after an apparent attack by a fox, a street cat named bob was found injured and curled up in the hallway outside of a support housing flat in tottenham were james bowen, a recovering heroin addict and homeless busker, was staying. james took the cat in, got him to the rspca, and nursed him back to health using what little drug money he had for antibiotics.
but in the process, bob helped to nurse james back to health as well, giving him a reason to get up in the morning and get clean. since his recovery, bob has refused to leave james side, following him everywhere for the last six years.
thanks to a literary agent who passed him on the streets, james has since written a international bestselling book about his hardships and friendship with bob. “we’re two injured souls looking for someone we can trust,” james says. done in collaboration with the writer garry jenkins in an islington café, the book also attempts to dispel some of the social stigma that goes with homelessness.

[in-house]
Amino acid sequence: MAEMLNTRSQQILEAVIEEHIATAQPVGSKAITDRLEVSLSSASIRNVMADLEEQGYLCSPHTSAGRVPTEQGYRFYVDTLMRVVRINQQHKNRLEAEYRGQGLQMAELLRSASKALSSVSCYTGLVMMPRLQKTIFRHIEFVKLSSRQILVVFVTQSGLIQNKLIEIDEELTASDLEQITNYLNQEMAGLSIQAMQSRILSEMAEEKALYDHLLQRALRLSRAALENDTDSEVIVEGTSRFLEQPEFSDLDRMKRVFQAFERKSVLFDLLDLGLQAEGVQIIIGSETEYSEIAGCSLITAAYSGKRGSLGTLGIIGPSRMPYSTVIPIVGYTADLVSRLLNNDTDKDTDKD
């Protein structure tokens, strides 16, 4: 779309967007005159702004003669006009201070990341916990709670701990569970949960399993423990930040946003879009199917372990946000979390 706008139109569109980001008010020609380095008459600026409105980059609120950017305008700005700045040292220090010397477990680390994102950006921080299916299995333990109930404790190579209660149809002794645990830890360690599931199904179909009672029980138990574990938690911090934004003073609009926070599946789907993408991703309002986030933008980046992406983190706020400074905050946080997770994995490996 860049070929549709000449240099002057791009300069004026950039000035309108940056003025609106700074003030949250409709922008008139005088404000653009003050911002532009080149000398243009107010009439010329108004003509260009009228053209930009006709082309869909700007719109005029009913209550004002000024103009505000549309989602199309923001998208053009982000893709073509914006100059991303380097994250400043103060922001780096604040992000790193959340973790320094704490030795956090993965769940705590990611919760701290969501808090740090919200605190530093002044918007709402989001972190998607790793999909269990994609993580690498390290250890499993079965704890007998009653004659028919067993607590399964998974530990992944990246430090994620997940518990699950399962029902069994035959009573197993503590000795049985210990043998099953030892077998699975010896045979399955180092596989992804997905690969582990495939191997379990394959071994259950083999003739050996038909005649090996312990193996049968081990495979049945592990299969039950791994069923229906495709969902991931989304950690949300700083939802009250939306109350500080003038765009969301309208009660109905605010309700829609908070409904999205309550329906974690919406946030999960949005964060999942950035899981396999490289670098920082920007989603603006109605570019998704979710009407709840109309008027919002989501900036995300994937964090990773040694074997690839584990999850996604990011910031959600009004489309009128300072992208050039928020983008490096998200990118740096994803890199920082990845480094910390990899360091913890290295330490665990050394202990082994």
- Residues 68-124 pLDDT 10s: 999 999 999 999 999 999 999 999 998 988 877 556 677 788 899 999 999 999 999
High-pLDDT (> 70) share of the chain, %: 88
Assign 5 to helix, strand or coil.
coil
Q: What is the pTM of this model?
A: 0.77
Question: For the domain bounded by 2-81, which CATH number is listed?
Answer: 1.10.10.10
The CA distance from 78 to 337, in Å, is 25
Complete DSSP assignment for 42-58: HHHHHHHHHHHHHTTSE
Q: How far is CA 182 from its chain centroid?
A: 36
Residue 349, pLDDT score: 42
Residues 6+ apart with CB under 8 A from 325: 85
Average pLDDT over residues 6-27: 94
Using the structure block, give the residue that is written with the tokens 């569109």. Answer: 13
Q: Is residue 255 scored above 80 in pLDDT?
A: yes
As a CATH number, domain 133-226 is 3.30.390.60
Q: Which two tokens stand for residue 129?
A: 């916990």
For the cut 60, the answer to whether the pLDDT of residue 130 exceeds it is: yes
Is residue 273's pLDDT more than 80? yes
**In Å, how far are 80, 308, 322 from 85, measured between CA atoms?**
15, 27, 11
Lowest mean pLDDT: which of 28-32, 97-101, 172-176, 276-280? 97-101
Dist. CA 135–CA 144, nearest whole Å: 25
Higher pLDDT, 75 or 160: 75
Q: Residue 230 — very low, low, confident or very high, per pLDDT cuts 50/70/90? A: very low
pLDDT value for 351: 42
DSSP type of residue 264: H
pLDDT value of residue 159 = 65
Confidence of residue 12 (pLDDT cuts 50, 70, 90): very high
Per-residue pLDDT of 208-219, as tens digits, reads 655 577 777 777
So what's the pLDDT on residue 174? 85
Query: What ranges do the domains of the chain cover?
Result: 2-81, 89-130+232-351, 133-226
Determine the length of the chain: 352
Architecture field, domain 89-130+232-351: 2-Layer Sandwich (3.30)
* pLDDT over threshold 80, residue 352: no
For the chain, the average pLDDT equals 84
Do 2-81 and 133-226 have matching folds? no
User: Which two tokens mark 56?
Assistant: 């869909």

Ok. Now, to join depression, college end-period stress, the PTSD possibility, mitral valve prolapse (a problem at heart) and my old friend, the synovitis, let’s introduce an a new small problem: a, probably, vascular problem at both legs. About it, there’s only one solution: do exercises and lose weight. If this be what I’m thinking, my legs growth too much, and, with numerous strech marks, appeared this.
Please, cheer for me.
PS.: Sorry for my REALLY bad English.
(1) President Abraham Lincoln, who had depression
(2) Writer Virginia Woolf, who had bipolar disorder
(3) Artist Vincent Van Gogh, who had bipolar disorder
(4) Writer Sylvia Plath, who had depression
(5) Mathematician John Nash (from A Brilliant Mind), who had schizophrenia
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